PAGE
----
9-3 High-Temperature Properties of Nuclear-Fuel Materials

-First-Principles Molecular-Dynamics Simulation of Thorium Dioxide-

Fig.9-6  Atomic motions in a crystal of thorium dioxide

Fig.9-6 Atomic motions in a crystal of thorium dioxide

Motions of 108 thorium atoms () and 216 oxygen atoms () at high temperature (3500 K) are indicated. One can see that the positions of atoms are disordered at temperatures almost as high as the melting point, though atoms are ordered at low temperature. Moreover, the lighter the oxygen atoms are, the more significantly they move.


Fig.9-7  Temperature dependence of the enthalpy of thorium dioxide

Fig.9-7 Temperature dependence of the enthalpy of thorium dioxide

Red dots () indicate the calculated enthalpy. Blue lines are guides to the eye. Drastic change in the slope is observed around 3000 K.


In developing safer and more efficient nuclear fuels, it is crucial to understand their high-temperature properties. However, it is not easy to reproduce extreme situations inside nuclear reactors in laboratories for the purposes of measuring various nuclear-fuel properties. Thus, it is expected that numerical simulations will help experimenters to evaluate the thermophysical properties of fuels.

While thorium dioxide is a candidate next-generation fuel, its high-temperature properties, which are important in severe-accident analysis, have yet to be investigated in detail. In most actinide dioxides, anomalous behaviors are known to be observed at high temperature slightly below their melting point. For example, the enthalpy of uranium dioxide increases drastically above 2500 K, whereas it increases slowly below 2500 K. Though similar phenomena have been predicted in the case of thorium dioxide, the drastic change in the enthalpy increment has not been observed clearly due to the low accuracy of the experiments.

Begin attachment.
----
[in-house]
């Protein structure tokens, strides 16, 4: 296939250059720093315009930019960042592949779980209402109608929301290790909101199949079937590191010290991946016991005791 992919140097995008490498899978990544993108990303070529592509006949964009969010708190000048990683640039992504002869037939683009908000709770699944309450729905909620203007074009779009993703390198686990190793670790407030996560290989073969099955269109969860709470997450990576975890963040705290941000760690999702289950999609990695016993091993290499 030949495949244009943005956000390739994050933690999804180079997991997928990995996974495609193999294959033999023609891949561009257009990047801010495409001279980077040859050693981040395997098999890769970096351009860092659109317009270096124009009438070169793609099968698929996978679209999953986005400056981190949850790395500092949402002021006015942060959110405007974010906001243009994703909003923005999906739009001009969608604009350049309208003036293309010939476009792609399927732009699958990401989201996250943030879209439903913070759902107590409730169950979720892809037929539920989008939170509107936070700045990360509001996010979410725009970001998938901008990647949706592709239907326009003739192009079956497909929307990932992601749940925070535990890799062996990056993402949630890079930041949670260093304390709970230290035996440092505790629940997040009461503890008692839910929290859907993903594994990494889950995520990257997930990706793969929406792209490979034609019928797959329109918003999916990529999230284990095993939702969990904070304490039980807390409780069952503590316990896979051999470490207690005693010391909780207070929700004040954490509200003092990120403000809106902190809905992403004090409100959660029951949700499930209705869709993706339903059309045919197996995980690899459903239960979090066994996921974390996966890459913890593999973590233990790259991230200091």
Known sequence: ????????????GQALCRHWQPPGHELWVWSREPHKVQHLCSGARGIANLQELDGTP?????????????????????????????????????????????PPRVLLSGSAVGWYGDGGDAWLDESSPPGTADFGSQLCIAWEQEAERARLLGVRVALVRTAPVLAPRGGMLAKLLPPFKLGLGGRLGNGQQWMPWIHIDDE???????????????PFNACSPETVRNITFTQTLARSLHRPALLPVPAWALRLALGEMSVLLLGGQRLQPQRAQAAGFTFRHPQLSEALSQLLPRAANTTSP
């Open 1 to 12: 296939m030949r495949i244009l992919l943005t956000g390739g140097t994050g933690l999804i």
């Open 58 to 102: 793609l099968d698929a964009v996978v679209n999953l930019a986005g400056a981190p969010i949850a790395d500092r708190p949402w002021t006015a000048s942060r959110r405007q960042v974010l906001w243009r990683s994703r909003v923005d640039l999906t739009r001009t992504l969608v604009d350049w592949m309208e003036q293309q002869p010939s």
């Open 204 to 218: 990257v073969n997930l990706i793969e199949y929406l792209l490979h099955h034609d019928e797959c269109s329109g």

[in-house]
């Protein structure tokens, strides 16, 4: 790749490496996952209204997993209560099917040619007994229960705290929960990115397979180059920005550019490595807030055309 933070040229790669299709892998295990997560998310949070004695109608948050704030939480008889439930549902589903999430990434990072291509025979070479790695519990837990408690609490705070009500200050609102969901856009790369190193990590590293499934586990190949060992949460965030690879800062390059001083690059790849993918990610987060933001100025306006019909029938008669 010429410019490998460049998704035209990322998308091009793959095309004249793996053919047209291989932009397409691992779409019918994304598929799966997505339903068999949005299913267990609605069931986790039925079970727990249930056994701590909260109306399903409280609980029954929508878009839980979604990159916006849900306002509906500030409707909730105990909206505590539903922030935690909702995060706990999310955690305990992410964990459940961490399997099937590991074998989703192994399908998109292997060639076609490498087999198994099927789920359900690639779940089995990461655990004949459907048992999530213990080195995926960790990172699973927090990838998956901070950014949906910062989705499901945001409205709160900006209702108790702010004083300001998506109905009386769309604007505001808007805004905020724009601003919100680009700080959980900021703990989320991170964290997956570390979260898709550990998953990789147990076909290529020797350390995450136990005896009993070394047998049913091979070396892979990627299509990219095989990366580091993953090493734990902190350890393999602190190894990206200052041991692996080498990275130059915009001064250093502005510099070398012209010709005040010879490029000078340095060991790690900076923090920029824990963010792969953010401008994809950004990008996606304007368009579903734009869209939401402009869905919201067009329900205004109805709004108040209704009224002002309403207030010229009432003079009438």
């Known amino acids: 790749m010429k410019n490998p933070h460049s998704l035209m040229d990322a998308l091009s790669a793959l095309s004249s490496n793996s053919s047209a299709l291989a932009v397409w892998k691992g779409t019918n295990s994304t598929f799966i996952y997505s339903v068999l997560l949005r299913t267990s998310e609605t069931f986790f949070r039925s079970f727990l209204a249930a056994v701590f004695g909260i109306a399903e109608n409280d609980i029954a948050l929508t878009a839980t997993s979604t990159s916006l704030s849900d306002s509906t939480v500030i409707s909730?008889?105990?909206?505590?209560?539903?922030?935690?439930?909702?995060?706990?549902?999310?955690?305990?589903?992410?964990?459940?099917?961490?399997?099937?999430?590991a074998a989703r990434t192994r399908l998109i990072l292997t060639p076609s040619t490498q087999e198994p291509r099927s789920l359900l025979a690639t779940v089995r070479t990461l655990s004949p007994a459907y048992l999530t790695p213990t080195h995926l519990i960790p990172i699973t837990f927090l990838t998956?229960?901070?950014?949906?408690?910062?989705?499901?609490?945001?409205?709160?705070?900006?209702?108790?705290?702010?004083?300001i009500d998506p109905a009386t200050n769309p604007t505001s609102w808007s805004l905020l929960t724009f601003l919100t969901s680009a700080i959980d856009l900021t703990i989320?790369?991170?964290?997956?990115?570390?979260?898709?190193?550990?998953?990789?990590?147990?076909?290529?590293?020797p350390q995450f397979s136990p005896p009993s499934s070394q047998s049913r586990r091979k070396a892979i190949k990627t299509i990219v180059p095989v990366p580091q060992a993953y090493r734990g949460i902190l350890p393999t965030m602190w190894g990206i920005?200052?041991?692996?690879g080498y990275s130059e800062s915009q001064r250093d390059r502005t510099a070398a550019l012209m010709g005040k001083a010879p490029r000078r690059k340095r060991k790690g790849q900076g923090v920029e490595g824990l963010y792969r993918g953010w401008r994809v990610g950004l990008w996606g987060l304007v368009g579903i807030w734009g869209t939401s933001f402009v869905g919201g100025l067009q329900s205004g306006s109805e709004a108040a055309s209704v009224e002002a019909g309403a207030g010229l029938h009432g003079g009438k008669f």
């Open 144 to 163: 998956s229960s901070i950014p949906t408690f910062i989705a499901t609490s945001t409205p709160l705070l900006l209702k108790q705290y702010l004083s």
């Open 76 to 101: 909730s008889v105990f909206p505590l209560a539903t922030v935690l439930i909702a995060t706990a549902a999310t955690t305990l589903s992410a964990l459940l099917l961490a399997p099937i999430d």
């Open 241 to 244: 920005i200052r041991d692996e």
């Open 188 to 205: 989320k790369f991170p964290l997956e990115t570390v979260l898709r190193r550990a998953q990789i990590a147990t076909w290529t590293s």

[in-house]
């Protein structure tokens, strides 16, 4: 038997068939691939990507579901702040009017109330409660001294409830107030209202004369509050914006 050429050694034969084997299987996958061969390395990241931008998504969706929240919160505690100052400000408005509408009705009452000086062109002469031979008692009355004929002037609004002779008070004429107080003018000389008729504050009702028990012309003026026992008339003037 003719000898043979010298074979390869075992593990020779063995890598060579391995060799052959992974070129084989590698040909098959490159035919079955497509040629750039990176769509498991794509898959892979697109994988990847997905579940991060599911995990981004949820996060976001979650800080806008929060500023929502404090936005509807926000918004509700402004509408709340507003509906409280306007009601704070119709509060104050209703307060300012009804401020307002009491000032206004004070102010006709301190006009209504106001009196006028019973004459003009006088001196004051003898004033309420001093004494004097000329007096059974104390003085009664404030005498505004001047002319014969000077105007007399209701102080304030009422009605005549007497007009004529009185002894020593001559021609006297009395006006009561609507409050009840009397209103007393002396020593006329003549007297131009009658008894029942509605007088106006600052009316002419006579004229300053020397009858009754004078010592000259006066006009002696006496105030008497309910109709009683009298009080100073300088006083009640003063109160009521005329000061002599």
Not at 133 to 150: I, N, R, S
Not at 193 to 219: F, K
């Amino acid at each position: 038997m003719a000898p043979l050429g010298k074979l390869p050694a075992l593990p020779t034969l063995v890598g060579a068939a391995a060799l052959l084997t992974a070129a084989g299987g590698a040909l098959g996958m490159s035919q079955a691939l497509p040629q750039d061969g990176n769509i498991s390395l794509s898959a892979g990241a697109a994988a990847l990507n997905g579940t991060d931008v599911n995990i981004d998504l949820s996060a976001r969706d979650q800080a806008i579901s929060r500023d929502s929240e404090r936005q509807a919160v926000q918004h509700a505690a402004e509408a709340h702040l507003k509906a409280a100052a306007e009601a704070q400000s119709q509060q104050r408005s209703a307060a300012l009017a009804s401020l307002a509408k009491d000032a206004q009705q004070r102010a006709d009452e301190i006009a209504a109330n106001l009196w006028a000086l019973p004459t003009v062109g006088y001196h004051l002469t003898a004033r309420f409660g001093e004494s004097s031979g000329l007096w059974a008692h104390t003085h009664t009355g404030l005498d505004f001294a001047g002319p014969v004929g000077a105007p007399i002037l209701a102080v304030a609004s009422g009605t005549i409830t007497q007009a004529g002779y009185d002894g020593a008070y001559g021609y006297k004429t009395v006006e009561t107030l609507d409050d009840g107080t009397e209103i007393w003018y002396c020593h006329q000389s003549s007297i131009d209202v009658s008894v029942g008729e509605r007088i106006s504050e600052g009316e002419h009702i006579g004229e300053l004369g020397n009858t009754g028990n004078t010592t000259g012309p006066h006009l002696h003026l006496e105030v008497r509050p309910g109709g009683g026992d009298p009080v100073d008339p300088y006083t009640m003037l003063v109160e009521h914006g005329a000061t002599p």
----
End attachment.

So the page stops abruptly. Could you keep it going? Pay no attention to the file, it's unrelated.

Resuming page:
We explored the high-temperature behavior of thorium dioxide using first-principles molecular-dynamics simulations. Such simulation is a method to analyze the motions of atoms with atomic forces calculated from the fundamental interactions of nuclei and electrons. According to this method, high-accuracy calculations are possible without empirical parameters. We evaluated the relationship between the enthalpy of thorium dioxide and temperature by numerical simulations using supercomputers, where we prepared a calculation cell of a thorium-dioxide crystal with 324 atoms (Fig.9-6). As shown in Fig.9-7, we discovered a drastic increment of enthalpy above 3000 K; the calculated transition temperature of thorium dioxide is 500-K larger than that of uranium dioxide. We found that the drastic changes in enthalpy were blurred in experiments, though this was clear in our calculations due to their high accuracy. Moreover, we also found that, above 3000 K, oxygen atoms moved almost freely as atoms in liquid do. These motions were revealed to cause drastic changes in enthalpy.

Thus, numerical simulations enable us to evaluate various properties of materials, some of which are difficult to measure by experiment. By doing so, we hope to contribute to the development of safer nuclear fuels.


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